16. A system, as set forth in claim 9, wherein said dump resource is a windrow dump.
17. A method for managing a resource shared by at least one mobile machine, including the steps of:
establishing and controlling a queue to control access to said resource; and
determining a stop point in said resource for a mobile machine in a first position of said queue, said stop point being a function of a configuration of said resource.
18. A method, as set forth in claim 17, including the step of communicating said stop point to a first mobile machine in said queue.
19. A method, as set forth in claim 17, including the step of determining the configuration of said resource.
20. A method, as set forth in claim 17, wherein establishing and controlling a queue includes the steps of:
receiving a queue position request signal from a mobile machine approaching said resource;
responsively determining a queue position in said queue; and
communicating said queue position to said approaching mobile machine.
21. A method, as set forth in claim 20, wherein responsively determining a queue position includes determining said queue position as a function of an entry point in said resource, and a determination of the number of mobile machines in said queue.
22. A method, as set forth in claim 17, including the steps of:
determining a route to said stop point; and
communicating said route to a mobile machine in a first position of said queue.
23. A method, as set forth in claim 17, including the step of allowing said mobile machine in said first position of said queue to access said stop point in response to a condition of said resource.
24. A method, as set forth in claim 17, including the steps of:
communicating a depart position signal to said mobile machine in said first position of said queue in response to allowing said mobile machine to access said stop point;
receiving a leave position signal from said mobile machine as a first mobile machine departs from said first position of said queue; and
responsively updating the positions of any remaining mobile machines in said queue.
25. A method, as set forth in claim 17, including the step of receiving an arrive signal from said mobile machine in response to said mobile machine arriving at said stop point.
26. A method, as set forth in claim 17, including the steps of:
receiving an access completed signal from said mobile machine located at said stop point;
responsively generating and communicating a depart stop point signal to said mobile machine;
receiving a leave stop point signal from said mobile machine; and
receiving a leave resource signal in response to said mobile machine leaving said resource.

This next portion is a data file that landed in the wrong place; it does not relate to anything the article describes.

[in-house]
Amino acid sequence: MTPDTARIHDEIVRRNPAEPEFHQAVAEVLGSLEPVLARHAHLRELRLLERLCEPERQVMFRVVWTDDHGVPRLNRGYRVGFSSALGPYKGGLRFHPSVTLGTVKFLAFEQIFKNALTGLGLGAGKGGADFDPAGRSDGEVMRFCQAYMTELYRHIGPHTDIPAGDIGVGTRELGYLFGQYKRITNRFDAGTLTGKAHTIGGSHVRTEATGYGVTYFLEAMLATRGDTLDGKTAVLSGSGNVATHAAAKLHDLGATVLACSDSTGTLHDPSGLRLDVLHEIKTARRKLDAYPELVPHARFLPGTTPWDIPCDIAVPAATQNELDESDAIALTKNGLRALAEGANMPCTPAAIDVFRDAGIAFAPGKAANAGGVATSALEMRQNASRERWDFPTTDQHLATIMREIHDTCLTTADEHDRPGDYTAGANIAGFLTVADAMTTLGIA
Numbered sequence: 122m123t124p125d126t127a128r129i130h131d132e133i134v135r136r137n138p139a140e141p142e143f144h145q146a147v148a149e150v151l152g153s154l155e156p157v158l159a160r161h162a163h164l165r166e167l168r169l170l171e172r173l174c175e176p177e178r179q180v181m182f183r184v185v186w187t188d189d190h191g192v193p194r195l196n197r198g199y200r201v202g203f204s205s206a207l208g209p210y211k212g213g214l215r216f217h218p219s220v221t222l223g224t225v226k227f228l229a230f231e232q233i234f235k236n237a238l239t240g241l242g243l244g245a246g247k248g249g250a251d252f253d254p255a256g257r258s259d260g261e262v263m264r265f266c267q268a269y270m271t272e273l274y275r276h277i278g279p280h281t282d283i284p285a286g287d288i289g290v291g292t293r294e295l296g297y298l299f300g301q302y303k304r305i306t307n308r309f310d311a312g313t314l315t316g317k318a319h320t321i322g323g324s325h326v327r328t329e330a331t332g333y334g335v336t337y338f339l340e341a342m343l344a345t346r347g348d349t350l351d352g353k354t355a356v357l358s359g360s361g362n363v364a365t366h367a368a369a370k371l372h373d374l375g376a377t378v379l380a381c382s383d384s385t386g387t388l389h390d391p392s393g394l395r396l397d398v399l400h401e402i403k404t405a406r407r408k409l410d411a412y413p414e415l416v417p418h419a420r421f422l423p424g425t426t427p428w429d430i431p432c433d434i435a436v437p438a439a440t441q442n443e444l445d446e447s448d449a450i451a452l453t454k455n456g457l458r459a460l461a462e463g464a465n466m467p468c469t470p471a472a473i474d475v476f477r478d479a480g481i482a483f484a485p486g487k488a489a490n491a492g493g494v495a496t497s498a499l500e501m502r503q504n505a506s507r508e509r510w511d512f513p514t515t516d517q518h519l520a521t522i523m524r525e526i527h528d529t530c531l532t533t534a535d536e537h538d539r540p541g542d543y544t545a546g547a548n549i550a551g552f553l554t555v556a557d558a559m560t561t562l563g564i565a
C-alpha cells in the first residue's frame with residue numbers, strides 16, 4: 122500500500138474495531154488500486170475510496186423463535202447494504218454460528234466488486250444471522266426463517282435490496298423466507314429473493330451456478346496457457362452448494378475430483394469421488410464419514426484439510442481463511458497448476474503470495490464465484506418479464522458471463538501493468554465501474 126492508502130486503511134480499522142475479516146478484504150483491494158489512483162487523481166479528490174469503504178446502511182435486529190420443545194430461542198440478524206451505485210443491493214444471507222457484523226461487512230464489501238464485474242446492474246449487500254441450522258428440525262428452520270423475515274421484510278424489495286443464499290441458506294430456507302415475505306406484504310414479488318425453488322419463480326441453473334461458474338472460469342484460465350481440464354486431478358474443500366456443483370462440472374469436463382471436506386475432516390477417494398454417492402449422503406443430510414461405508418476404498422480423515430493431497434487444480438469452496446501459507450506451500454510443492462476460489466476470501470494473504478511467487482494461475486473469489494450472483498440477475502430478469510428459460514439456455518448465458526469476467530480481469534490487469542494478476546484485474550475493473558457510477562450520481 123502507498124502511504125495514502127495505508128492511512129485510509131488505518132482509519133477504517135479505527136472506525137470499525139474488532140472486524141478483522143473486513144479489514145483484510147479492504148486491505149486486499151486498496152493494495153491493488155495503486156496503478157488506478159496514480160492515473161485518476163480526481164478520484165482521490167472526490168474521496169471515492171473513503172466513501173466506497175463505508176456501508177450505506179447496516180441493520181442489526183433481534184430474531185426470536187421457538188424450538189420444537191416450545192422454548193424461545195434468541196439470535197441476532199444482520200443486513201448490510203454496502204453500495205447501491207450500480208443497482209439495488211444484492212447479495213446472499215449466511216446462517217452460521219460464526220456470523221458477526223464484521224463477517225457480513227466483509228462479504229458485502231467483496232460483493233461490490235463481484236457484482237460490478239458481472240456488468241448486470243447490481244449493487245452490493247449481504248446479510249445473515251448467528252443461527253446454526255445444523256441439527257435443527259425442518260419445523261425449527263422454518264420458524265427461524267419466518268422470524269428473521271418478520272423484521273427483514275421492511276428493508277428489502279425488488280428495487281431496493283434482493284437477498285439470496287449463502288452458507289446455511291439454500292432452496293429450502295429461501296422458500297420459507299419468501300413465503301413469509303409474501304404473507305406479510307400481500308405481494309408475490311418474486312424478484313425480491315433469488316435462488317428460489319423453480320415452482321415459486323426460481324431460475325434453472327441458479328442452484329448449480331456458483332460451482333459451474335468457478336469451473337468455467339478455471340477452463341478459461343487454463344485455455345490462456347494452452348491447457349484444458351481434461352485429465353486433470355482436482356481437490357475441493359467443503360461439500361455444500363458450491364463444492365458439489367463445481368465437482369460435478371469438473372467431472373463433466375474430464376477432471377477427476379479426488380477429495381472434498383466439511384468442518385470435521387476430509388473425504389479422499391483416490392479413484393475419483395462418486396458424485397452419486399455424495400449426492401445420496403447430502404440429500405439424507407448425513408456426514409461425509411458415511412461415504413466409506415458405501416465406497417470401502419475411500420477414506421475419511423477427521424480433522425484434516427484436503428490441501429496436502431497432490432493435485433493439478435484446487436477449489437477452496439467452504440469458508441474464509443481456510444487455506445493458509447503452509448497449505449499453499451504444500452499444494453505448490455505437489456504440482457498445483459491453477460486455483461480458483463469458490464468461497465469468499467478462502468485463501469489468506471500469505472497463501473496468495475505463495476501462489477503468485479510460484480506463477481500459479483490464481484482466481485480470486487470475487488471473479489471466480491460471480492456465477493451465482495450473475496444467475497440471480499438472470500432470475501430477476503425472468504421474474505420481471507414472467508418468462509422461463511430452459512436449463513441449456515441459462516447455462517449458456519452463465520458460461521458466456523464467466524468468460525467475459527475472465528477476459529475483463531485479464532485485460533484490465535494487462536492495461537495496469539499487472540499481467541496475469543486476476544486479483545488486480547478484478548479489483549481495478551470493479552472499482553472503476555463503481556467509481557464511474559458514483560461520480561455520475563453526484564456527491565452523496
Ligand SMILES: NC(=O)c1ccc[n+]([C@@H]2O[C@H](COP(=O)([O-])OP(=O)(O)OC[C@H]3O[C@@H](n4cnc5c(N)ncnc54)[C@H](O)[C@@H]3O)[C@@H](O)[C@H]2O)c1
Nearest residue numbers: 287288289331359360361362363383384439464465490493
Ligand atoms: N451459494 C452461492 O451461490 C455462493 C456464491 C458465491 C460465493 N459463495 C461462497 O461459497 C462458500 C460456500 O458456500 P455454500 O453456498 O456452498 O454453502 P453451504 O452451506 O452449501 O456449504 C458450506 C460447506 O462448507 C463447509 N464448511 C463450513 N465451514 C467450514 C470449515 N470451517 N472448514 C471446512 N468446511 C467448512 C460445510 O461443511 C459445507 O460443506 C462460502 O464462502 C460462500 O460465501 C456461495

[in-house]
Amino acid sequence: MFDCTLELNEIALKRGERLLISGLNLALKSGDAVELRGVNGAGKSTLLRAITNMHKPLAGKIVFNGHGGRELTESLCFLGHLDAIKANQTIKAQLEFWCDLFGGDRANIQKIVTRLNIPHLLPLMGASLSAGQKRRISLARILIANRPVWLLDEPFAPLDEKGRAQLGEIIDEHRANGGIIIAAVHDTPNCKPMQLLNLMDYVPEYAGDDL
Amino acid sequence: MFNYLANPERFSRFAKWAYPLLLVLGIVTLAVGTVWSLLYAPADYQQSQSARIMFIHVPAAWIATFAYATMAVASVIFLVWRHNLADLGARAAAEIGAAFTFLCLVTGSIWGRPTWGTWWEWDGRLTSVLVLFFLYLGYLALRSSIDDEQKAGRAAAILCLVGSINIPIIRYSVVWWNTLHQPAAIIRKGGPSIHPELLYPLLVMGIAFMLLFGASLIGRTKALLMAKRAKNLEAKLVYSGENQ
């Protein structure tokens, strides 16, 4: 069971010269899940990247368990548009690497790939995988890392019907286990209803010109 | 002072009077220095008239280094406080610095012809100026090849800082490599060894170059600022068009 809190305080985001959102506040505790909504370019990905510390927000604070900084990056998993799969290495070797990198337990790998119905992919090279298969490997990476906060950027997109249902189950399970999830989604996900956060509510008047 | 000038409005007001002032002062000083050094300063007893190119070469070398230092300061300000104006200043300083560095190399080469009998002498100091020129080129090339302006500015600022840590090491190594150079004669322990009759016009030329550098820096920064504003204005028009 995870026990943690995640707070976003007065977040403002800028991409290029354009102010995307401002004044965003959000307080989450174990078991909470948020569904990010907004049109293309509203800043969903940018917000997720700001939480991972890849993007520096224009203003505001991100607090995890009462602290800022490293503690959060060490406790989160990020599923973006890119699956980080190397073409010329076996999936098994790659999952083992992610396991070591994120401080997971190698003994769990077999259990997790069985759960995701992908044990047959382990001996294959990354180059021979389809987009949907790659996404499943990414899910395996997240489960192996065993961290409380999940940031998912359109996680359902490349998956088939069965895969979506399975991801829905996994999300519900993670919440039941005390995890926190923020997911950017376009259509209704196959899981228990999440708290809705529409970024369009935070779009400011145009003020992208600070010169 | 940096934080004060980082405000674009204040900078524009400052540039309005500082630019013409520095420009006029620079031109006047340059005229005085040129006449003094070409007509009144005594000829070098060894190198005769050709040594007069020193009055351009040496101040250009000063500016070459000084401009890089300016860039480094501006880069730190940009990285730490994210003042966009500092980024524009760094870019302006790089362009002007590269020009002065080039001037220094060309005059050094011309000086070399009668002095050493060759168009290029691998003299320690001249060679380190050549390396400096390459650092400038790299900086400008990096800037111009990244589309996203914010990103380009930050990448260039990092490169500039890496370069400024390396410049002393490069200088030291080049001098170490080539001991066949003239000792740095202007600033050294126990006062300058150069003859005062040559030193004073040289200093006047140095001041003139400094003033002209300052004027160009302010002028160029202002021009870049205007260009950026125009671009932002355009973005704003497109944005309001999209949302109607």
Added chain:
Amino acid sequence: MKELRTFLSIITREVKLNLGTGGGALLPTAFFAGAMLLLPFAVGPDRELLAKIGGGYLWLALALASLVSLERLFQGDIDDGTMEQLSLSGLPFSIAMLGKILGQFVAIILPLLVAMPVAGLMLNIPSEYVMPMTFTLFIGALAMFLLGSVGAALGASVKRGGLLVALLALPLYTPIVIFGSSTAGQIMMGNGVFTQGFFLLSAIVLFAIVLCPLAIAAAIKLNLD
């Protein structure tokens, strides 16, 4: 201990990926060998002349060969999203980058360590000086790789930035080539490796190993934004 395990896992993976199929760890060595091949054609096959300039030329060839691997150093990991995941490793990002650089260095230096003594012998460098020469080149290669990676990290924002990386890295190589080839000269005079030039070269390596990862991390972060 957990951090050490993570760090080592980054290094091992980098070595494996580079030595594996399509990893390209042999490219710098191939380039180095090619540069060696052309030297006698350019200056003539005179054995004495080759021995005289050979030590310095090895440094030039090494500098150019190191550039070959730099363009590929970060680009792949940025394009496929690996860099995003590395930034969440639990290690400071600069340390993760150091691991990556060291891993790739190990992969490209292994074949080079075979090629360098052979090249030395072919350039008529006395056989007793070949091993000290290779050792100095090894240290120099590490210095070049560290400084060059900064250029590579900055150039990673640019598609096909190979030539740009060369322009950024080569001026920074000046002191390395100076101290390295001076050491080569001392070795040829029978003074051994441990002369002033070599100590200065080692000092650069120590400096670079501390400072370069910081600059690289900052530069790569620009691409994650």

27. A method, as set forth in claim 26, wherein responsively generating and communicating said depart stop point signal includes the step of communicating said depart stop point signal to said mobile machine in response to the availability of the route between said stop point and an exit point of said resource.
28. A method, as set forth in claim 19, wherein the configuration of said resource is determined to be a dump resource.
29. A method, as set forth in claim 26, including the step of receiving a leave dump row signal in response to said mobile machine leaving said dump row.
30. A method, as set forth in claim 28, including the step of communicating a dump point ready signal to an earthmoving machine.
31. A method, as set forth in claim 30, including the steps of:
receiving an earthmoving machine ready signal from said earthmoving machine; and
communicating a dump point ready signal to said earthmoving machine.
32. A method, as set forth in claim 31, including the steps of:
determining an earthmoving machine route to a dump point for said earthmoving machine, said dump point corresponding to said stop point; and
determining if said earthmoving machine route is clear.
33. A method, as set forth in claim 30, including the steps of:
receiving a finished earthmoving signal from said earthmoving machine;
responsively determining an earthmoving point; and
communicating said earthmoving point to said earthmoving machine.
34. A method, as set forth in claim 20, wherein communicating said queue position includes the steps of:
communicating an entry point position to said approaching mobile machine, said entry point position being a function of said queue and the number of mobile machines in said queue; and
determining said queue position as a function of said entry point position.